Absolutely - UFM Solutions @ufmsolutions @daviegordon. They have been working with us - very creative and very innovative. Great furniture too.
What if we could bring architects, computer companies, furniture designers, builders, philanthropists, leaders, educators, students, creative thinkers together in one place and time. What if those people could focus their skills and talents on the needs of the developing world. What if we could make a difference!
Can we create an environment where the collision of great ideas shapes a solution?
I have taken on a challenge. How might I contribute to changing the education experience for children in the northern Rwandan region of Musanze - at the foothills of the Volcanoes NP and the home of the mountain gorillas.
How might I place the needs of the schools in this area on to the world map?
It’s early days - but I am thinking of locating an ‘Open Space’ conference in the region - a conference that workshops ideas to help address the challenging needs of the schools.
Thinking a title for the conference might be something along the lines of ‘International partnerships for transforming learning in developing nations’.
I have recently had the great pleasure of visiting Northern Beaches Christian School(NBCS) in Terrey Hills, a northern suburb of Sydney. Under the visionary leadership of Stephen Harris, the change management over the last 6 years has seen an incredible transformation take place in the pedagogic, virtual and physical spaces at the Sydney Centre for Innovation in Learning (SCIL), the research based organisation playing out its mission at NBCS. Walking through the school was a refreshing experience full of amazing settings for learning where children of all age groups are engaged, confident with their place and enjoying collaborating with each other.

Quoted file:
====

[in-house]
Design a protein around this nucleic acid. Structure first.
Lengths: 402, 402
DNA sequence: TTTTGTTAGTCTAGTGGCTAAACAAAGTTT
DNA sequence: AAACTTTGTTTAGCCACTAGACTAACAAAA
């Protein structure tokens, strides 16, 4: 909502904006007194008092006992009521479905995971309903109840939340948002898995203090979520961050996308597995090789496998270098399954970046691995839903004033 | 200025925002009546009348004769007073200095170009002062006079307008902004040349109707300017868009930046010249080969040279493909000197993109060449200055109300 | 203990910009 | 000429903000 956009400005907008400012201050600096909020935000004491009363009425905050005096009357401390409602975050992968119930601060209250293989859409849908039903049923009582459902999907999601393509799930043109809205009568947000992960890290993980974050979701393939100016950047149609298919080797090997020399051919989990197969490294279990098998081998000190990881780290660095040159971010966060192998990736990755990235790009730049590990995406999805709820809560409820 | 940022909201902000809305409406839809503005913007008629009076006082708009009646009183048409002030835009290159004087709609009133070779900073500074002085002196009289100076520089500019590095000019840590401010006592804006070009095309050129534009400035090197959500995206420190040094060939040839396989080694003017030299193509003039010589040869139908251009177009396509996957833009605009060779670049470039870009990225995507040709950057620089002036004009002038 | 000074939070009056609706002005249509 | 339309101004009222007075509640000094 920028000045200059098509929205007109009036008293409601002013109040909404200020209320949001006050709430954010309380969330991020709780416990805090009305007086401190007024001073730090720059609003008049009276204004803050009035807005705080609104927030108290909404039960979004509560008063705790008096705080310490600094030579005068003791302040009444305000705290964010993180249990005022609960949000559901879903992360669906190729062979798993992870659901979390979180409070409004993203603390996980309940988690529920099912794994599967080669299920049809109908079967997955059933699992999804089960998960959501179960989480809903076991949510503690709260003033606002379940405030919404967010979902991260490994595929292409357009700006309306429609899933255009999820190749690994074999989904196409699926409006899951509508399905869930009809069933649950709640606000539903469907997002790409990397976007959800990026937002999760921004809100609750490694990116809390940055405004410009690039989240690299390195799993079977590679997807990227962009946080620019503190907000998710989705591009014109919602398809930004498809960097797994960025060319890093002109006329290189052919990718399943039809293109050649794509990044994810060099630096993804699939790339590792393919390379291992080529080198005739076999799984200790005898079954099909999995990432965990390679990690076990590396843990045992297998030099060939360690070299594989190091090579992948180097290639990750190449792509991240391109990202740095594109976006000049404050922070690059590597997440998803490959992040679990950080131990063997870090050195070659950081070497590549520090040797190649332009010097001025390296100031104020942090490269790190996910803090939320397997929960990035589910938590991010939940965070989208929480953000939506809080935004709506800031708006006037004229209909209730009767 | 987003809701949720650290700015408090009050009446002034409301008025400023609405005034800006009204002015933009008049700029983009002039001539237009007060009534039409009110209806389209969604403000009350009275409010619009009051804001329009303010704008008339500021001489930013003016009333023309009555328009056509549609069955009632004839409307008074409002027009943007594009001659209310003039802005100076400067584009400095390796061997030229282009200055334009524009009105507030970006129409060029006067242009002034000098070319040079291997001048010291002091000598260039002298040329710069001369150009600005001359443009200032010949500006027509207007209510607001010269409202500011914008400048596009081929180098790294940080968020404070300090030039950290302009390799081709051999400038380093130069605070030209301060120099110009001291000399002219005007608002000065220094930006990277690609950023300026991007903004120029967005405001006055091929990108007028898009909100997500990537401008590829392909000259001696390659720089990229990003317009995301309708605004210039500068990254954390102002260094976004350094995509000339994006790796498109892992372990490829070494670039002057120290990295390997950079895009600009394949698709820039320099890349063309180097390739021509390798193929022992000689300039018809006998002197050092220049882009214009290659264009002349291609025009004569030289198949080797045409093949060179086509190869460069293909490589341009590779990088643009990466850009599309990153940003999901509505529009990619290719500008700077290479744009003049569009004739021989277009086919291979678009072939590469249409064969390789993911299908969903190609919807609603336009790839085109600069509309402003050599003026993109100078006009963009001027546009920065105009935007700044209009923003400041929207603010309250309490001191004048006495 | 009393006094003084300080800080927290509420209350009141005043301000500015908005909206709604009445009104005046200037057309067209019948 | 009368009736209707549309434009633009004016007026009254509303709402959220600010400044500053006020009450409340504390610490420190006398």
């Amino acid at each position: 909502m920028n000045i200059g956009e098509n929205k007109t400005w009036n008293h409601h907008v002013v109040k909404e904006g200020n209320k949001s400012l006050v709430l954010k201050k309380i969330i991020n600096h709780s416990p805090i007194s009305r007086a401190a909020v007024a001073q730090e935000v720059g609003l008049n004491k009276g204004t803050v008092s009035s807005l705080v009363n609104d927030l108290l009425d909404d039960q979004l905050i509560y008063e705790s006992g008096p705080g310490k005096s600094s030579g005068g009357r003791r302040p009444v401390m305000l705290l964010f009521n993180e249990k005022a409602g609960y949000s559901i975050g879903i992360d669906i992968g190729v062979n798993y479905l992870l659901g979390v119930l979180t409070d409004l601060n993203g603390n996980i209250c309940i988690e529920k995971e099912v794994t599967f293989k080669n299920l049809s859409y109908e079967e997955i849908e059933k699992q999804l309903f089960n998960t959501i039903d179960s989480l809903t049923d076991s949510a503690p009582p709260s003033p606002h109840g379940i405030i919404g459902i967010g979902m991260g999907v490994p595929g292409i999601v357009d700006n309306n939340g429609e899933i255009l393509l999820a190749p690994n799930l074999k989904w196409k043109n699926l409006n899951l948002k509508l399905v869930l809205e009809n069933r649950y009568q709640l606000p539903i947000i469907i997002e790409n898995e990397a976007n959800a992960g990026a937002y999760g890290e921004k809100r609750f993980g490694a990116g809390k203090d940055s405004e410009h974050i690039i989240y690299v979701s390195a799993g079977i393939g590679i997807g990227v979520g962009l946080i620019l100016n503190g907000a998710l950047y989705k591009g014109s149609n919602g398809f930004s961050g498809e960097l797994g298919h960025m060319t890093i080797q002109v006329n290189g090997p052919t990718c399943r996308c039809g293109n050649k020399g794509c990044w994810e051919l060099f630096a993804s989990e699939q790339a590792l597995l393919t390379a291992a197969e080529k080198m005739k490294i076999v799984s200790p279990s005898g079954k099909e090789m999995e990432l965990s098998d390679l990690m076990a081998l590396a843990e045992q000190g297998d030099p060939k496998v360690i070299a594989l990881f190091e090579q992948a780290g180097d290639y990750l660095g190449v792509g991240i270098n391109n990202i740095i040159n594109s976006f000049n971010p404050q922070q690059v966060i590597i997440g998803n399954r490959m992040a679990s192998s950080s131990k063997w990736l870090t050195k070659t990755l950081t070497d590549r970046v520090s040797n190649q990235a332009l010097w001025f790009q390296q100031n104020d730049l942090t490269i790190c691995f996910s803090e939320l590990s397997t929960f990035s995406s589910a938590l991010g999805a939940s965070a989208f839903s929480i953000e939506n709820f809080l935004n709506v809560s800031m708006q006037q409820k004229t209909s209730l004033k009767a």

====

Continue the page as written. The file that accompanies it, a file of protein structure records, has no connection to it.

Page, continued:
It’s about integration and opportunity in providing different settings for learning – integration of ubiquitous technology, a myriad of furniture designs focused on various groupings, opportunities for clever design solutions that turn a staircase into a place of creativity, a wall surface into a seamless whiteboard, and a feeling of calm interaction between staff and students. I would challenge everyone with a passion for understanding successful learning environments to visit the school or study the publications or browse the web resources available on this amazing example of a truly 21st century learning environment.
It is wonderful to be stimulated by such a rich experience in visiting Northern Beaches Christian School!
Read the full article in:
There are so many aspects of traditional ‘schooling’ that need re-examination. One of those is the place of desks and chairs in the 21st century classroom. People talk about needing to have furniture (desks and chairs) that have great ergonomics - but as many educators know, students won’t be sitting still in chairs for long and many students find confinement to a set chair and desk as something akin to being in prison.
This scenario creates a great opportunity to re-think what type of furniture could be used in learning spaces. Our experience is that the more a space “feels like their lounge room”, the more students will slide into learning mode as a natural action.
Some excellent resources to spur ‘future’ thinking:
Challenge: how to best use an unexpected space for design and technology classes; a space created when a sport’s hall (BER funded) was raised up a level?
Answer: create a team of thinkers who will inhabit the space and open their thinking to new thoughts - not by visiting other schools, but by visiting converted warehouses, office spaces stripped back to a ‘raw’ feel, a converted printery and converted railway yards.
Result: (a work in progress) some really creative thinking that will involve layers of acoustic control; highly flexible transparent space dividers; the ability to create learning spaces via the use of a ceiling-mounted track system; maintain high visibility so that the space does not lose its ‘spaciousness’ - would like to be able to “see” right through the space still; IDEA paint panels used as flexible whiteboards on tracks; saturation mobile technolgies; an interior timber balcony near the windows … and lots of anticipation … stay tuned … “watch this space”!!